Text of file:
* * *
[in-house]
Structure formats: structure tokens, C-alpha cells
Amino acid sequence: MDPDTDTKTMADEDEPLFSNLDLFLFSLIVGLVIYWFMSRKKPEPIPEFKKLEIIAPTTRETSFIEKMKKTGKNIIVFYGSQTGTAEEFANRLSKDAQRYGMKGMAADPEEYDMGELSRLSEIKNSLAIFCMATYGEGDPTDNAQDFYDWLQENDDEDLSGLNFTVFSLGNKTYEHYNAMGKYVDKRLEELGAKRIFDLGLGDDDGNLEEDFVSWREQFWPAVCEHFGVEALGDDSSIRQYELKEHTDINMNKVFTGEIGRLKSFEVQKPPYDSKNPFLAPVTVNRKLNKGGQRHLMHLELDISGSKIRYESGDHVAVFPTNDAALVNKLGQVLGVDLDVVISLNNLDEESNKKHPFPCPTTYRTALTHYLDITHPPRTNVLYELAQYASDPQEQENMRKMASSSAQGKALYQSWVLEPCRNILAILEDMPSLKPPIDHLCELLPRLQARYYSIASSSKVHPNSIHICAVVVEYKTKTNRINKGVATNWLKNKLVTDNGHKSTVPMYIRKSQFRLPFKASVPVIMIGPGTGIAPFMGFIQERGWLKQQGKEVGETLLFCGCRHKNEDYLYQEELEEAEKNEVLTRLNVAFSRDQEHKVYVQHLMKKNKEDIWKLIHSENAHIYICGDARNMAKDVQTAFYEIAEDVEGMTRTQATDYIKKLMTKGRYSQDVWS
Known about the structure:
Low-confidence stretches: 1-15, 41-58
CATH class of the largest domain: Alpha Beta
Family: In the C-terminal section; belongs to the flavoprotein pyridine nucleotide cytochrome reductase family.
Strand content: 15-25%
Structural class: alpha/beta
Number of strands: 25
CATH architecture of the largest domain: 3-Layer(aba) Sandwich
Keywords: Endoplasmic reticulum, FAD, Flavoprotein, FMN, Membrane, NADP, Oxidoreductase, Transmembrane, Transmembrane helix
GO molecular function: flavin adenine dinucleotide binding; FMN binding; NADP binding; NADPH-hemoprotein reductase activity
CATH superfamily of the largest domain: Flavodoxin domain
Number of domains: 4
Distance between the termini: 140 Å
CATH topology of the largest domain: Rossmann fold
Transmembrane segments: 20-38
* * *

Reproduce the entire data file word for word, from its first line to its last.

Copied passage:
[in-house]
Structure formats: structure tokens, C-alpha cells
Amino acid sequence: MDPDTDTKTMADEDEPLFSNLDLFLFSLIVGLVIYWFMSRKKPEPIPEFKKLEIIAPTTRETSFIEKMKKTGKNIIVFYGSQTGTAEEFANRLSKDAQRYGMKGMAADPEEYDMGELSRLSEIKNSLAIFCMATYGEGDPTDNAQDFYDWLQENDDEDLSGLNFTVFSLGNKTYEHYNAMGKYVDKRLEELGAKRIFDLGLGDDDGNLEEDFVSWREQFWPAVCEHFGVEALGDDSSIRQYELKEHTDINMNKVFTGEIGRLKSFEVQKPPYDSKNPFLAPVTVNRKLNKGGQRHLMHLELDISGSKIRYESGDHVAVFPTNDAALVNKLGQVLGVDLDVVISLNNLDEESNKKHPFPCPTTYRTALTHYLDITHPPRTNVLYELAQYASDPQEQENMRKMASSSAQGKALYQSWVLEPCRNILAILEDMPSLKPPIDHLCELLPRLQARYYSIASSSKVHPNSIHICAVVVEYKTKTNRINKGVATNWLKNKLVTDNGHKSTVPMYIRKSQFRLPFKASVPVIMIGPGTGIAPFMGFIQERGWLKQQGKEVGETLLFCGCRHKNEDYLYQEELEEAEKNEVLTRLNVAFSRDQEHKVYVQHLMKKNKEDIWKLIHSENAHIYICGDARNMAKDVQTAFYEIAEDVEGMTRTQATDYIKKLMTKGRYSQDVWS
Known about the structure:
Low-confidence stretches: 1-15, 41-58
CATH class of the largest domain: Alpha Beta
Family: In the C-terminal section; belongs to the flavoprotein pyridine nucleotide cytochrome reductase family.
Strand content: 15-25%
Structural class: alpha/beta
Number of strands: 25
CATH architecture of the largest domain: 3-Layer(aba) Sandwich
Keywords: Endoplasmic reticulum, FAD, Flavoprotein, FMN, Membrane, NADP, Oxidoreductase, Transmembrane, Transmembrane helix
GO molecular function: flavin adenine dinucleotide binding; FMN binding; NADP binding; NADPH-hemoprotein reductase activity
CATH superfamily of the largest domain: Flavodoxin domain
Number of domains: 4
Distance between the termini: 140 Å
CATH topology of the largest domain: Rossmann fold
Transmembrane segments: 20-38